Sefton residents urged to beware of loan sharks on social media

The England Illegal Money Lending Team (IMLT) has launched a new campaign aimed at tackling illegal money lending on the internet and warning of the dangers of online loan sharks.

The #SharkFreeSurfing campaign comes amid concerns more people are falling prey to unscrupulous lenders online. Statistics show one in five victims met their lender on social media in the first half of 2020.

Loan sharks are increasingly using social media platforms, such as Facebook, Instagram and Snapchat, to advertise their illegal loans and target potential victims.

These criminals will lure people in with seemingly attractive loan offers but will quickly resort to intimidation, threats and violence to enforce repayment and trap borrowers in a spiral of debt.

A loan shark is someone who lends money without the correct authorisation from the Financial Conduct Authority (FCA).

It is important to remember that the loan shark is committing a crime and you are not in trouble if you have borrowed from an illegal money lender. 

Tony Quigley, Head of the England Illegal Money Lending Team, said: “We are aware that loan sharks are becoming more active on social media, particularly in community groups and on local selling pages.

“People throughout our communities are struggling financially due to the pandemic, and the increased pressures to not only meet monthly bills, but also the added expense of Christmas, may make them more at risk of being targeted by illegal money lenders. If you spot a suspicious loan advert online, report it to us so we can help.”

How to protect yourself from loan sharks online:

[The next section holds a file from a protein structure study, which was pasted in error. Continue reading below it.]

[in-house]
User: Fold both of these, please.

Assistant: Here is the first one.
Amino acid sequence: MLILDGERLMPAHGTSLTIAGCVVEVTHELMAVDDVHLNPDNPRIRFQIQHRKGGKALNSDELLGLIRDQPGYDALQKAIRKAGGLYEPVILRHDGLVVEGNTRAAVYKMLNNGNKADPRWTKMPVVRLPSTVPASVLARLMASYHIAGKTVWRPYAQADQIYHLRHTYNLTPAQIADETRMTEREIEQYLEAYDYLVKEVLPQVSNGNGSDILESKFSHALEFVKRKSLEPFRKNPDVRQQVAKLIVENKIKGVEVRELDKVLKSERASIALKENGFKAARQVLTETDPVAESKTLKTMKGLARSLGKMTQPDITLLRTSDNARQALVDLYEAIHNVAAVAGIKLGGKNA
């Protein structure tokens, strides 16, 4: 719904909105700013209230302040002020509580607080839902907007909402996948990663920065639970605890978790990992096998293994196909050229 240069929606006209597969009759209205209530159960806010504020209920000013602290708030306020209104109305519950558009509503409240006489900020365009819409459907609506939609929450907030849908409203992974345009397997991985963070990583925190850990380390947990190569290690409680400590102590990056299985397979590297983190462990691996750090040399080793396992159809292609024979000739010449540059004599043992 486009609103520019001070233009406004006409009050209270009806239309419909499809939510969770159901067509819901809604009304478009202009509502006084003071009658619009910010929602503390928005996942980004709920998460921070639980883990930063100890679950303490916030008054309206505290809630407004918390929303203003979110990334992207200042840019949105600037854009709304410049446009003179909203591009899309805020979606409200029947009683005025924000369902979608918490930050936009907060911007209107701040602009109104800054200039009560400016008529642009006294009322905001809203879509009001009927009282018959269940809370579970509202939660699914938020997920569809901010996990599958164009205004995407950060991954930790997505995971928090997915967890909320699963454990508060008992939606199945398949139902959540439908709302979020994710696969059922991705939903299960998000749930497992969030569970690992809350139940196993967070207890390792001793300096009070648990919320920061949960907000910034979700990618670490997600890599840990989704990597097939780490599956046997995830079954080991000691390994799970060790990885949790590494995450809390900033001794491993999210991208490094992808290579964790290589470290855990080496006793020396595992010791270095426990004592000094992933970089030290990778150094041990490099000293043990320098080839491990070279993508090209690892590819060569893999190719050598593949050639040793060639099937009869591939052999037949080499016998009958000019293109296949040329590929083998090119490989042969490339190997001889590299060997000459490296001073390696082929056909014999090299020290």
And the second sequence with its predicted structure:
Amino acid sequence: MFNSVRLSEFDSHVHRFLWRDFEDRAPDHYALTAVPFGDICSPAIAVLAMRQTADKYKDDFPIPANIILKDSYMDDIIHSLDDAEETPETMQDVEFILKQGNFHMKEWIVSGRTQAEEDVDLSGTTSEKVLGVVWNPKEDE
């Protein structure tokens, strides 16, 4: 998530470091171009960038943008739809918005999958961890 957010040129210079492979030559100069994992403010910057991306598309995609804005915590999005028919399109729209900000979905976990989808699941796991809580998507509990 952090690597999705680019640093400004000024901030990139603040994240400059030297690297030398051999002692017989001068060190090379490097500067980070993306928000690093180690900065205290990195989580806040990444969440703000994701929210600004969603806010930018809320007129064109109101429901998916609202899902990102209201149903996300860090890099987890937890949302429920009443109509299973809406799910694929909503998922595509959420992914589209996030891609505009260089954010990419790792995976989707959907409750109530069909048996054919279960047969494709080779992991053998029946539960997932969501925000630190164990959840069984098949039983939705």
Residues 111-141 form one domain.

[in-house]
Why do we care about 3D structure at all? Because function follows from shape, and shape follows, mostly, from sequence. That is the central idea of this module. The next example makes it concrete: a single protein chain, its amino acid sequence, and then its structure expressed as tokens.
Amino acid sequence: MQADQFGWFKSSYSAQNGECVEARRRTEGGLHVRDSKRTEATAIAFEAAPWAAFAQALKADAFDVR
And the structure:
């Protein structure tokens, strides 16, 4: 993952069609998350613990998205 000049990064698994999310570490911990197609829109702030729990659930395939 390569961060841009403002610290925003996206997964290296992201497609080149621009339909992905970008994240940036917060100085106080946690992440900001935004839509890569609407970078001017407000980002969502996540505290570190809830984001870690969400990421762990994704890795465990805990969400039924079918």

• Know who you’re dealing with. If you’ve only ever met someone online or are unsure of the legitimacy of a lender, take some time to do a bit more research. Check the lender is authorised by the Financial Conduct Authority (FCA). If not, don’t borrow from them – report to the Stop Loan Sharks team.
  • Beware of loan adverts with no credit checks. Loan sharks have been known to advertise in community groups and on local selling pages. They may seem friendly and accommodating, but their behaviour can quickly change, and you might be harassed or threatened if you get behind with your repayments. Lenders must carry out credit checks to make sure borrowers can afford to pay back their loans. You should never hand over your bank details to strangers, even if they lure you with attractive offers. Remember, if it looks too good to be true, it probably is.
  • Beware of any requests for your details or money. Loan sharks may ask for copies of your passport or pictures of your house, the street and your house number. Never send money or give card details, online account details or copies of personal documents to anyone you don’t know or trust.

The Stop Loan Sharks Helpline is 0300 555 2222.

Anyone with concerns about loan sharks can access support via live chat between 9am and 5pm on weekdays (excluding bank holidays) at

Before you borrow, check your lender is authorised by the FCA at

The Stop Loan Sharks App is free to download on both iOS and Android devices from the Apple App Store and Google Play Store.

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